Muay Thai: Yodsanklai wins by brutal knockout!

When Thai Fight first came onto the scene, they were putting on bouts between very good Thai's and very average foreigners. This was lapped…

By: Kyle McLachlan | 9 years ago
Muay Thai: Yodsanklai wins by brutal knockout!
Bloody Elbow 2.0 | Anton Tabuena

When Thai Fight first came onto the scene, they were putting on bouts between very good Thai’s and very average foreigners. This was lapped up by the partisan Thai crowd, who liked to see devastating exhibitions from their fighters.

They had a very good roster, including Buakaw, and put on shows with high production values more similar to a German boxing show than the warts-and-all shows put on in the Bangkok Muay Thai stadiums.Whilst it wasn’t the pinnacle of Muay Thai competition by any means, the shows were fun and you were guaranteed to see an ageing legend have a canvas on which he could paint a masterpiece just as he did in his youth.

Then Buakaw left, returning to K-1 MAX, and since then Thai Fight has slowly but surely gone down the pan.

As of late, Thai Fight has not only taken their show on the road, they’ve also changed their rules, taking the gloves off and putting on what looks to be very heavily built-up wraps, harking back to the days of Muay Boran, and closer to Myanmar Lethwei (basically Burmese Muay Thai but with no gloves and with headbutts allowed).

Irrespective of me being a Muay Thai purist, I don’t like the look of it at all.

This past Saturday (June 28th), they were in Macau, which seems the go-to for any big combat sport looking to get closer to mainland China as of late.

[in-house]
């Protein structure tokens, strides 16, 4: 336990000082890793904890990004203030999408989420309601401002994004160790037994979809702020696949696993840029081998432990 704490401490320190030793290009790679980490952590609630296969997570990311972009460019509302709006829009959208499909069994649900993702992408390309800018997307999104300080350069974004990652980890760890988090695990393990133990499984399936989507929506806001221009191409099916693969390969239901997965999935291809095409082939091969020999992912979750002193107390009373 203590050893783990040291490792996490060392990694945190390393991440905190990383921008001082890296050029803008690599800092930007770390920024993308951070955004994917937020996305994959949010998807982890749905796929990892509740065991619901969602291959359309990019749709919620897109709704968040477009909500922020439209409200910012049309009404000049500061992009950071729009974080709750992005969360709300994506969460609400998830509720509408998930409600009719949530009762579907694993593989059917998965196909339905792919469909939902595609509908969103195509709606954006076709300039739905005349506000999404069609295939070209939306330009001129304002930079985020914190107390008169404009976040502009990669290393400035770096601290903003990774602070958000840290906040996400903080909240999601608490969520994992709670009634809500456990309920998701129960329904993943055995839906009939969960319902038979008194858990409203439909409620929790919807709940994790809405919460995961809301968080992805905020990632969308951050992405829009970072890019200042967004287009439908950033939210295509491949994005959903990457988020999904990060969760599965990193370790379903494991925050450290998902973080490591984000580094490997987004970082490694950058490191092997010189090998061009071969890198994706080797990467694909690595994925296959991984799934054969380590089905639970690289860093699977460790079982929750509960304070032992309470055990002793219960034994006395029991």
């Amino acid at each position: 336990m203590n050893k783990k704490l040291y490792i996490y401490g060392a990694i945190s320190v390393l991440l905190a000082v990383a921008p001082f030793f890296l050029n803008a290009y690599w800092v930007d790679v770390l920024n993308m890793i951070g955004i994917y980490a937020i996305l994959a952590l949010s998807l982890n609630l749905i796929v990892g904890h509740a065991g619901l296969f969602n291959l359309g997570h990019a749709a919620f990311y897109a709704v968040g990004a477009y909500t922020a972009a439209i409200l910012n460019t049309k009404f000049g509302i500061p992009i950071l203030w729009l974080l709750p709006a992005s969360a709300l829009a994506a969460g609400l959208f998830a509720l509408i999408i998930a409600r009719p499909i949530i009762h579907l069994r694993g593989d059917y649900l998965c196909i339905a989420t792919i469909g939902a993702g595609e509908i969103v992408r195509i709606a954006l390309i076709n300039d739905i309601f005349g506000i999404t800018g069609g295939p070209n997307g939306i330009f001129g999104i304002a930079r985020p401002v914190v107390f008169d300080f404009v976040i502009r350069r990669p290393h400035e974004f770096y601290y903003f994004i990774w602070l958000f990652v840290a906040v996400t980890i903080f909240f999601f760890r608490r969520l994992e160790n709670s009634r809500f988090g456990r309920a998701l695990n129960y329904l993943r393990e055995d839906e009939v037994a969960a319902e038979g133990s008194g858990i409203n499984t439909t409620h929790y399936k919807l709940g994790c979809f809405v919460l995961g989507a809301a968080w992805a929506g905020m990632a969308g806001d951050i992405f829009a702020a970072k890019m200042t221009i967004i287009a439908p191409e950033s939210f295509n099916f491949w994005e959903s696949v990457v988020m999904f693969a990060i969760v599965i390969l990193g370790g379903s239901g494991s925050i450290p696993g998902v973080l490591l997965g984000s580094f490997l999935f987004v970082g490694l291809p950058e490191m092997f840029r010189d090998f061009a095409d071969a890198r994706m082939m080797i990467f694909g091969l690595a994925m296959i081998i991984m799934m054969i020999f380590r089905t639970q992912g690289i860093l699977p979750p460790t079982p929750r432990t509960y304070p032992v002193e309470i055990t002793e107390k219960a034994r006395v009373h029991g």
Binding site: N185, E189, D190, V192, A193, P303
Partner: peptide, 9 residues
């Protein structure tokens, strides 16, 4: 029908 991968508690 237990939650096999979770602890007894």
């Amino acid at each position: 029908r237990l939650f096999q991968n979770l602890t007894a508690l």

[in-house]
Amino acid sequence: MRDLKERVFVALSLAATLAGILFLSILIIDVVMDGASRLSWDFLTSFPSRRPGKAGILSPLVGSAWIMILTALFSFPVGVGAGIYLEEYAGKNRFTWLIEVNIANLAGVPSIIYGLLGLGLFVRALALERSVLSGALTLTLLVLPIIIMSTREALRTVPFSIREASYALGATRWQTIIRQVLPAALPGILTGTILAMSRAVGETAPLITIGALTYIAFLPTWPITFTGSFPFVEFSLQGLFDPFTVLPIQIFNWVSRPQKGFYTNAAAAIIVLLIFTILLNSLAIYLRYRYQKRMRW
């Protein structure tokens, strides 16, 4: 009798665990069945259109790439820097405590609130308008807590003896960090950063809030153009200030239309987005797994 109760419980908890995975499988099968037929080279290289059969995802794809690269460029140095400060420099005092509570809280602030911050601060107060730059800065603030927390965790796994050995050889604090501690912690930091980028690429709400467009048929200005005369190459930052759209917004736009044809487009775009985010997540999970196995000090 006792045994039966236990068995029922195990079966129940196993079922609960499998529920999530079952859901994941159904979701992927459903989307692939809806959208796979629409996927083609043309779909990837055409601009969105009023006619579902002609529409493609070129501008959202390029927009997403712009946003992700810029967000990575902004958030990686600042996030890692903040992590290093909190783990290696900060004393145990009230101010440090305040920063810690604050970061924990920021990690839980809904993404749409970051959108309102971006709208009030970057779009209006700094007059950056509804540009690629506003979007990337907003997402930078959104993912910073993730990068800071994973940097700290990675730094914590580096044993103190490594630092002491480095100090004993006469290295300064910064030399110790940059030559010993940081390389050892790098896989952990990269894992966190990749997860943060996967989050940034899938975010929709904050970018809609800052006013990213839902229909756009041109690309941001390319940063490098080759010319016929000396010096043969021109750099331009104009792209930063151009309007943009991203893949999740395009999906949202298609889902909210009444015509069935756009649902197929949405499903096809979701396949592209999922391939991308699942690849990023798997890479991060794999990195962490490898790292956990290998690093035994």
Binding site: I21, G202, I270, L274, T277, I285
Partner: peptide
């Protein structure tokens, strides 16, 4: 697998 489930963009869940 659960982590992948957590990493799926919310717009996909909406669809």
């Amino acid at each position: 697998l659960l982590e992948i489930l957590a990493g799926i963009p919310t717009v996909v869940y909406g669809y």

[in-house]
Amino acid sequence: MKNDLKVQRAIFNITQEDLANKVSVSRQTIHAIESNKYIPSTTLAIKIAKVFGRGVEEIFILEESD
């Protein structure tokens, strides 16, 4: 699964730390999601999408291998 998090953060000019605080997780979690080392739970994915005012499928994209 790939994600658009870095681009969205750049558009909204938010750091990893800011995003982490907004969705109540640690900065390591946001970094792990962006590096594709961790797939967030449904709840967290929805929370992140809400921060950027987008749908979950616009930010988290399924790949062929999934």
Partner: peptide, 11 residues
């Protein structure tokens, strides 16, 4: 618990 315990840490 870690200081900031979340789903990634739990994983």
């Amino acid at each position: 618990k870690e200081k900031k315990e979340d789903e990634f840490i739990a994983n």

The main event was a showcase for Yodsanklai Fairtex, a great pound-for-pound fighter who won his first stadium title at 112lbs, his second at 147lbs, and is now established as probably the best fighter between 154-160lbs of the modern era having won both the WMC (World Muay Thai Council) and WBC titles. For the uninitiated, Yodsanklai is a superior fighter in full Thai rules than Buakaw.

Last night’s debacle has added nothing to his legacy, however.

Maybe someone more in touch with either the Lebanese or Libyan fight scene (conflicting nationalities reported) can enlighten me on Fady Abboud’s credentials, but I have honestly never heard of him.

Predictably, Yodsanklai hurt, bloodied up, dropped and then annihilated his undermatched opponent, laying him out with a left high kick.

For a veteran just looking for pay days, I can’t begrudge Yodsanklai for the deal he’s got with Thai fight. But as a spectacle, it’s a little unnerving.

On the undercard, Saiyok Pumpanmuang, former 140lb and 154lb Lumpinee champ, fought the much larger former Bellator fighter Alka Matewa, a Congolese native based in Belgium.

This was pretty horrendous stuff. Saiyok looked out of shape, and although smaller Thai’s are known for using their superior skill to defeat larger opponents, Matewa was ragged and gassed pretty quickly. Saiyok landed some lovely short elbows though.

All in all, a really weird show from Thai Fight, who have really shed a lot of credibility post-Buakaw. While it’s still nice to see the likes of Yodsanklai and Saiyok getting a payday, for the sake of the sport, progressing shows like this are doing nothing for it.

Share this story

About the author
Kyle McLachlan
Kyle McLachlan

More from the author

Bloody Elbow Podcast
Related Stories